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Acupuncture ‘vs’ Dry Needling: Pulling the pin on the myths

One question new patients frequently ask is, “Do you do acupuncture?”  Straight away, the physiotherapist finds themself at the pointy end of a conversation.

For the common part, physiotherapists practice ‘dry needling’, which is a sub-type of acupuncture.  Both acupuncture and dry needling use the same type of needle and follow many of the similar points, but the theory and clinical reasoning behind the needle placement is different.  Dry needling is practiced by physiotherapists as it involves the insertion of a needle into soft tissues with the aim of decreasing myofascial tension and improving musculoskeletal function.  In lay language – instead of digging our fingers into the sore parts, we can insert a needle to do the same job.  Acupuncture, on the other hand, is a Traditional Chinese Medicine tool that uses the theory of meridians and the placement of needles is targeted at restoring the body’s qi flow.  Qi is the flow of yin and yang and, by restoring this balance, acupuncturists aim to improve systemic medical pathologies.  Acupuncture is very commonly used for pain management with chronic conditions.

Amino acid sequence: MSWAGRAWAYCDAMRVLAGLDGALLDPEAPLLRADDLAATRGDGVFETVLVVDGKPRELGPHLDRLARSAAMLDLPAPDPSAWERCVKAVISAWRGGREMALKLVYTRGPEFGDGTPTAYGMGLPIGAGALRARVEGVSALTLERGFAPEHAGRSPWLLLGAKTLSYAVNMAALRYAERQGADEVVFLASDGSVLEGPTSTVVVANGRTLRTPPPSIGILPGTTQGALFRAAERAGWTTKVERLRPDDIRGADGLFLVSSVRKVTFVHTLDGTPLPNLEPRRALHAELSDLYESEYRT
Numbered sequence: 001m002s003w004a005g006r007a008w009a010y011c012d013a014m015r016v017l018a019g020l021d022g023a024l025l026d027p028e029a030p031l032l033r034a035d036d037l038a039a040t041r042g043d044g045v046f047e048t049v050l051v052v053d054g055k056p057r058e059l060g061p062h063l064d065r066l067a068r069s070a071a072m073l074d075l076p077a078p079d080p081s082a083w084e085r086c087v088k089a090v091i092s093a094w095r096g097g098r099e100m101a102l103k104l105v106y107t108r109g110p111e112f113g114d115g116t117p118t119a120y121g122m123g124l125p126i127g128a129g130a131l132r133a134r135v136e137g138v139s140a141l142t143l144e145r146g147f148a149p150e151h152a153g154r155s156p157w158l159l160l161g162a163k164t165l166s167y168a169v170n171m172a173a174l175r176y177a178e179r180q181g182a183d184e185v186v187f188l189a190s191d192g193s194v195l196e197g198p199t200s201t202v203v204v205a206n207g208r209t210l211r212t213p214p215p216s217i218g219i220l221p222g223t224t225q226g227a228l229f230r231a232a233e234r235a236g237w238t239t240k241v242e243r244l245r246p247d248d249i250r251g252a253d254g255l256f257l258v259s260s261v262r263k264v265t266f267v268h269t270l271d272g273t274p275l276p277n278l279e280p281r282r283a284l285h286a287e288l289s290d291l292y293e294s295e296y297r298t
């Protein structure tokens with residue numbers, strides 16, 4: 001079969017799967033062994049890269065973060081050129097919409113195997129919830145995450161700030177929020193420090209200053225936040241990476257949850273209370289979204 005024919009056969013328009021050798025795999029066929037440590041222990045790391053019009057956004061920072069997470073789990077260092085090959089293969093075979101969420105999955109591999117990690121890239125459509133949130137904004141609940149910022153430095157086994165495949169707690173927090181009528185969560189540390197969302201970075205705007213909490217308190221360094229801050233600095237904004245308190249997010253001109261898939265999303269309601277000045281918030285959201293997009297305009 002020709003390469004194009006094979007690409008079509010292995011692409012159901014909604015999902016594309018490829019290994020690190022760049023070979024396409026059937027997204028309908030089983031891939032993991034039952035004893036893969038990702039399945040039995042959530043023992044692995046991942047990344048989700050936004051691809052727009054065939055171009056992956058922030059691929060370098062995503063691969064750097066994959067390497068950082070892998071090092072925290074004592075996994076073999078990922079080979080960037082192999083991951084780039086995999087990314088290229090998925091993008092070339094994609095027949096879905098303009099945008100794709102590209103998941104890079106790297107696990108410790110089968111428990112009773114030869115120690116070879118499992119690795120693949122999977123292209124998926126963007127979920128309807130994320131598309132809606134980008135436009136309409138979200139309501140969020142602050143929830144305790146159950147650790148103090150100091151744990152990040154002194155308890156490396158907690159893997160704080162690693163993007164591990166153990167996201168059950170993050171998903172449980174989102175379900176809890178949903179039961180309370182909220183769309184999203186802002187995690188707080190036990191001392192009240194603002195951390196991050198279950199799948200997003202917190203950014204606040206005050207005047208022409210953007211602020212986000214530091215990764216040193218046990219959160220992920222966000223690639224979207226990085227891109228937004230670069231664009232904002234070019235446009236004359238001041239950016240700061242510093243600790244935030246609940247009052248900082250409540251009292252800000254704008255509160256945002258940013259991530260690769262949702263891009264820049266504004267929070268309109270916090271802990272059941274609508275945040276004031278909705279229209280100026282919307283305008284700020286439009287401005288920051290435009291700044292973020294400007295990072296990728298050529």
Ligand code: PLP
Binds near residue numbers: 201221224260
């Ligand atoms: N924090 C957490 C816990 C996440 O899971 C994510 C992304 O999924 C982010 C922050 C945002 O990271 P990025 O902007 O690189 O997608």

Some physiotherapists have undertaken extra study in the area of acupuncture and are thus entitled to claim they practice the technique.  For the majority, though, dry needling is a fantastic tool based around a physiotherapist’s pre-existing knowledge of anatomy and neurophysiological control of the body.  Needle insertion can be done at areas of myofascial tension (commonly referred to by patients as ‘knots’), bone periostium (where tissues fixate to bone and are the source of pain i.e. shin splints) or other soft tissues.  As the needles are inserted into the areas of tension, the focal invasion causes the tissue to react.  This reaction is promptly followed by a degree of tissue relaxation and hopefully a reduction in pain.

Dry needling is really helpful when treating a large area of muscle tension.  In addition, patients who are sensitive to touch when in acute pain often find dry needling extremely effective as their tightness can be released with minimal hands-on therapy.

Here at Active Rehabilitation Physiotherapy, each patient is assessed on an individual basis. If one of our physiotherapists feels that dry needling may be effective in your situation, they will present it as one of your treatment options.  If you would like to try dry needling, your physiotherapist will explain the process as well as any potential complications.  Written consent is also obtained before any intervention is undertaken.  All physiotherapists who practice dry needling have undergone appropriate post-graduate training, followed by in-house training sessions and in-services.

So if you are looking for that little jolt to finally get rid of that old ache and pain, come and visit one of our therapists and see what all the fun is about.